With the notable exception of the Taylors, father and son—the former on trial since 2006 in The Hague at the Special War Crimes Court for Sierra Leone, the latter sentenced in a Miami court in October 2008 to 90 years in prison—the warlords and other combatants have given the word “impunity” new meaning. They have not retired to private life but have taken prominent places in the community. Prince Yormie Johnson, the head of the breakaway faction of Charles Taylor’s National People’s Front of Liberia and allegedly the murderer of Samuel Doe in 1990, has been elected to the Liberian Senate. He has publicly warned Liberians that there will be trouble if anyone tries to arrest him. Alhaji Kromah of the United Liberation Movement for Democracy in Liberia (Ulimo-K), has a teaching position at the University of Liberia. Edwin Snowe Jr., a son-in-law of Charles Taylor and formerly a key minister in his government of “Greater Liberia,” is an elected member of the House of Representatives and was formerly House speaker. Combatants, especially former child soldiers, have been offered special educational opportunities not available to other Liberians who suffered at their hands.

Whether the Special Criminal Court for Sierra Leone could be expanded to include Liberia and then to issue further indictments for war crimes is not known.

When Justice Threatens Unity

The most important argument against a recommendation to the government that a war crimes court be established within the Republic of Liberia is the fear that this would further harm national unity. Among the 16 ethnic communities in Liberia, four were both targets of human rights abuses and perpetrators in response. The Gio and Mano tribal brothers and sisters of Thomas Quiwonkpa, who was accused of treason by Samuel Doe, suffered genocide-like retaliation over many years by soldiers loyal to Doe who belong to the Krahn and Mandingo communities. Many members of Charles Taylor’s armed militia belonged to the Gio and Mano; over time they took their revenge on the Krahns and Mandingos. If members of these four communities were indicted for war crimes or crimes against humanity, the concern is that they would perceive it as unjust scapegoating. Many Mandingos, who are Muslim, are already disaffected because they have not yet been able to recover their homes in Nimba County, which they abandoned to the Gios during the war. Indictments by a war crimes court would make matters worse for them.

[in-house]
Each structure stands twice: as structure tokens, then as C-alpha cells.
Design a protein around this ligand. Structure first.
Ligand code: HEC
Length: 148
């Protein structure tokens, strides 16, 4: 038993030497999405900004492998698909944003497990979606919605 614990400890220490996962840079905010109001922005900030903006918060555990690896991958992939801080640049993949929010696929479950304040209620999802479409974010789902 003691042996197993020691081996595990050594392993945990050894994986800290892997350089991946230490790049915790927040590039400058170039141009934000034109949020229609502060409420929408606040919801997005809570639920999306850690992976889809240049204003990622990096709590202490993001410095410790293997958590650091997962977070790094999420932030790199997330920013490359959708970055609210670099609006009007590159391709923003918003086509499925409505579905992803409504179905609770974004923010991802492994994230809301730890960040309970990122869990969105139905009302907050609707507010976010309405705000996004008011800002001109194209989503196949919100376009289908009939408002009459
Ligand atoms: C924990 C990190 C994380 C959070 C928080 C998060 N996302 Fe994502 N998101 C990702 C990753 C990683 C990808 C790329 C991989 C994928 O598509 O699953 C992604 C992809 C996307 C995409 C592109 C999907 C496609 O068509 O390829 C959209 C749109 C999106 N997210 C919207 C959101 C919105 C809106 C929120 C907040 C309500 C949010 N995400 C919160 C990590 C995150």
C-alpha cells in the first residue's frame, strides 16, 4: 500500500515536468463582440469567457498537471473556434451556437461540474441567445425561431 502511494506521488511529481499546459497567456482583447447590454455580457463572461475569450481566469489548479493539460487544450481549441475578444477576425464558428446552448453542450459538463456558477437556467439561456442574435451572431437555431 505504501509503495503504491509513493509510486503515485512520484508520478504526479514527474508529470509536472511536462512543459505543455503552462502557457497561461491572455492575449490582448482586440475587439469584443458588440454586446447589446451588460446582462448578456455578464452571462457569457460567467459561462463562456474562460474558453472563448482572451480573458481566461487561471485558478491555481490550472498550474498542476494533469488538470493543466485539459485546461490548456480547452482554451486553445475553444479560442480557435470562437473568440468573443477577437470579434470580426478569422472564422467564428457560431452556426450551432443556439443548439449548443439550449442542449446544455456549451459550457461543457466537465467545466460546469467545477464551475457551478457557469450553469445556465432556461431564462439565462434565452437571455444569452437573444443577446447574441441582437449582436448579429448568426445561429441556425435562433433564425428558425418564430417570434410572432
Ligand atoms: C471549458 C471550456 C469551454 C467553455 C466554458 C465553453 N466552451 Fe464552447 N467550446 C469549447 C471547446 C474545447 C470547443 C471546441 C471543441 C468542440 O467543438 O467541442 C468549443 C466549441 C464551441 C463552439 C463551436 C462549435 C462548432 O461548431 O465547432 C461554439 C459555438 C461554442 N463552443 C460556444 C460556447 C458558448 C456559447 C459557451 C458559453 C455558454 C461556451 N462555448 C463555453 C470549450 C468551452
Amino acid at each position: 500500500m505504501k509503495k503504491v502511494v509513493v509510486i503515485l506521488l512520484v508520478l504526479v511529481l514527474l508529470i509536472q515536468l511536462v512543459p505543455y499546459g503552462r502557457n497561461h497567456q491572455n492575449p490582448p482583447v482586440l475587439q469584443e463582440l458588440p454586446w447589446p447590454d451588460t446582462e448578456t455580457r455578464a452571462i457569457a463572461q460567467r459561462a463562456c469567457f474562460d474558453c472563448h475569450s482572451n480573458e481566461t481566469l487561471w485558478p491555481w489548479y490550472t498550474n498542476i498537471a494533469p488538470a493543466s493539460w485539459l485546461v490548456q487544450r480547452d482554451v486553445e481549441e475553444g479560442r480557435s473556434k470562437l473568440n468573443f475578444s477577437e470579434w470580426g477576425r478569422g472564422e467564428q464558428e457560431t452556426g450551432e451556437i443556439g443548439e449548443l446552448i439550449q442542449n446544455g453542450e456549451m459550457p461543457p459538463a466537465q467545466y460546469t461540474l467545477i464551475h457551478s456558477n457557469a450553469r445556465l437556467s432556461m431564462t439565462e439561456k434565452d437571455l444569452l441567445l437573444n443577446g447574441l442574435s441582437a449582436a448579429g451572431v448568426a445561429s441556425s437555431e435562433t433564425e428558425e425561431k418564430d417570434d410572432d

Catholic social teaching prefers the “transformative justice” approach of the truth commission, without ruling out the “retributive justice” of a war crimes tribunal. The Second Vatican Council’s “Pastoral Constitution on the Church in the Modern World” called peace an “enterprise of justice” and said that while the church “points out the authentic and noble meaning of peace and condemns the frightfulness of war, the Council wishes passionately to summon Christians to cooperate, under the help of Christ the author of peace, with all men in securing among themselves a peace based on justice and love and in setting up the instruments of peace”(No. 77). What is not clear is whether Liberia can achieve long-term “peace based on justice” without making use of judicial processes as “instruments of peace.”

John Perry, S.J., an associate professor of religious studies at the University of Manitoba, Canada, is currently doing research in peace studies and residing at Holy Family Parish in Monrovia, Liberia.

Comments

ROBERT CANNON | 5/17/2009 - 7:54am
I can't write a response since the entire article is not accessible on-line - even though I have registered and it's free full access month.